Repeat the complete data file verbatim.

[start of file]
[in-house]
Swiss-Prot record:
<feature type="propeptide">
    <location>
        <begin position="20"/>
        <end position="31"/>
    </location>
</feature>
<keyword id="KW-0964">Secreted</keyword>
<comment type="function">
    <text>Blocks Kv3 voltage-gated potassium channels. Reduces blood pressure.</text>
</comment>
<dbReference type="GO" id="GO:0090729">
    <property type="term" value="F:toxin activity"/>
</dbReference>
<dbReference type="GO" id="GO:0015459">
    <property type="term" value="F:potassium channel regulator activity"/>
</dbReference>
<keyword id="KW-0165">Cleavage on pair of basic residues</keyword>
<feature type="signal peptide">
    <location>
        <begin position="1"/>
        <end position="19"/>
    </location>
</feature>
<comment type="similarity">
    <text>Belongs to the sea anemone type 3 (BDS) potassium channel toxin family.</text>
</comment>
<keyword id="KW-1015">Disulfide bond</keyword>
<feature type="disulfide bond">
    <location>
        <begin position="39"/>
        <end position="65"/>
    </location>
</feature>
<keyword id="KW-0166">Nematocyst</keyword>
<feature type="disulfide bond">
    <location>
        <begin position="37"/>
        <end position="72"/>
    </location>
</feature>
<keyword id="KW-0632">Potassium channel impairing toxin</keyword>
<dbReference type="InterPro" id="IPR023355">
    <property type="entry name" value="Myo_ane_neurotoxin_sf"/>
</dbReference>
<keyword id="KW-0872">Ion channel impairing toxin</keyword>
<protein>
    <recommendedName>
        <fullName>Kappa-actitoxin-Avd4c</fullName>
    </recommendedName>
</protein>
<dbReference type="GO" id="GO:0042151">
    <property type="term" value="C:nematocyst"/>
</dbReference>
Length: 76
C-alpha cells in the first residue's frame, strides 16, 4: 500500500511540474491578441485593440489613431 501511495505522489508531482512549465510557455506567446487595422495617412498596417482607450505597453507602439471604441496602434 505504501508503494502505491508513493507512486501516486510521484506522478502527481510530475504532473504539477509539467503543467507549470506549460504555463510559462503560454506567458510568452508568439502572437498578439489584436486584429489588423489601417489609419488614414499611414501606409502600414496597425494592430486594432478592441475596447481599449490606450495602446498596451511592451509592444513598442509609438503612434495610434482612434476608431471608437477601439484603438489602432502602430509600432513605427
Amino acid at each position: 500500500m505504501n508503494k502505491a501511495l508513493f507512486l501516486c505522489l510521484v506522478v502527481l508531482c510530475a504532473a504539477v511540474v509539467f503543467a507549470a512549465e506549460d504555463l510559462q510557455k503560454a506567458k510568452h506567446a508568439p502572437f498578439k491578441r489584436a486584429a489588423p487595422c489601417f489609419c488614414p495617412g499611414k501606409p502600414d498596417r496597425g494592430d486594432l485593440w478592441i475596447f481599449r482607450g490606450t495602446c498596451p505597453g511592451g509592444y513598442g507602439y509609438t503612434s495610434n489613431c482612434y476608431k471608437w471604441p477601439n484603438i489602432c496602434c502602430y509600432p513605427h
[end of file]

[in-house]
Swiss-Prot record:
<feature type="propeptide">
    <location>
        <begin position="20"/>
        <end position="31"/>
    </location>
</feature>
<keyword id="KW-0964">Secreted</keyword>
<comment type="function">
    <text>Blocks Kv3 voltage-gated potassium channels. Reduces blood pressure.</text>
</comment>
<dbReference type="GO" id="GO:0090729">
    <property type="term" value="F:toxin activity"/>
</dbReference>
<dbReference type="GO" id="GO:0015459">
    <property type="term" value="F:potassium channel regulator activity"/>
</dbReference>
<keyword id="KW-0165">Cleavage on pair of basic residues</keyword>
<feature type="signal peptide">
    <location>
        <begin position="1"/>
        <end position="19"/>
    </location>
</feature>
<comment type="similarity">
    <text>Belongs to the sea anemone type 3 (BDS) potassium channel toxin family.</text>
</comment>
<keyword id="KW-1015">Disulfide bond</keyword>
<feature type="disulfide bond">
    <location>
        <begin position="39"/>
        <end position="65"/>
    </location>
</feature>
<keyword id="KW-0166">Nematocyst</keyword>
<feature type="disulfide bond">
    <location>
        <begin position="37"/>
        <end position="72"/>
    </location>
</feature>
<keyword id="KW-0632">Potassium channel impairing toxin</keyword>
<dbReference type="InterPro" id="IPR023355">
    <property type="entry name" value="Myo_ane_neurotoxin_sf"/>
</dbReference>
<keyword id="KW-0872">Ion channel impairing toxin</keyword>
<protein>
    <recommendedName>
        <fullName>Kappa-actitoxin-Avd4c</fullName>
    </recommendedName>
</protein>
<dbReference type="GO" id="GO:0042151">
    <property type="term" value="C:nematocyst"/>
</dbReference>
Length: 76
C-alpha cells in the first residue's frame, strides 16, 4: 500500500511540474491578441485593440489613431 501511495505522489508531482512549465510557455506567446487595422495617412498596417482607450505597453507602439471604441496602434 505504501508503494502505491508513493507512486501516486510521484506522478502527481510530475504532473504539477509539467503543467507549470506549460504555463510559462503560454506567458510568452508568439502572437498578439489584436486584429489588423489601417489609419488614414499611414501606409502600414496597425494592430486594432478592441475596447481599449490606450495602446498596451511592451509592444513598442509609438503612434495610434482612434476608431471608437477601439484603438489602432502602430509600432513605427
Amino acid at each position: 500500500m505504501n508503494k502505491a501511495l508513493f507512486l501516486c505522489l510521484v506522478v502527481l508531482c510530475a504532473a504539477v511540474v509539467f503543467a507549470a512549465e506549460d504555463l510559462q510557455k503560454a506567458k510568452h506567446a508568439p502572437f498578439k491578441r489584436a486584429a489588423p487595422c489601417f489609419c488614414p495617412g499611414k501606409p502600414d498596417r496597425g494592430d486594432l485593440w478592441i475596447f481599449r482607450g490606450t495602446c498596451p505597453g511592451g509592444y513598442g507602439y509609438t503612434s495610434n489613431c482612434y476608431k471608437w471604441p477601439n484603438i489602432c496602434c502602430y509600432p513605427h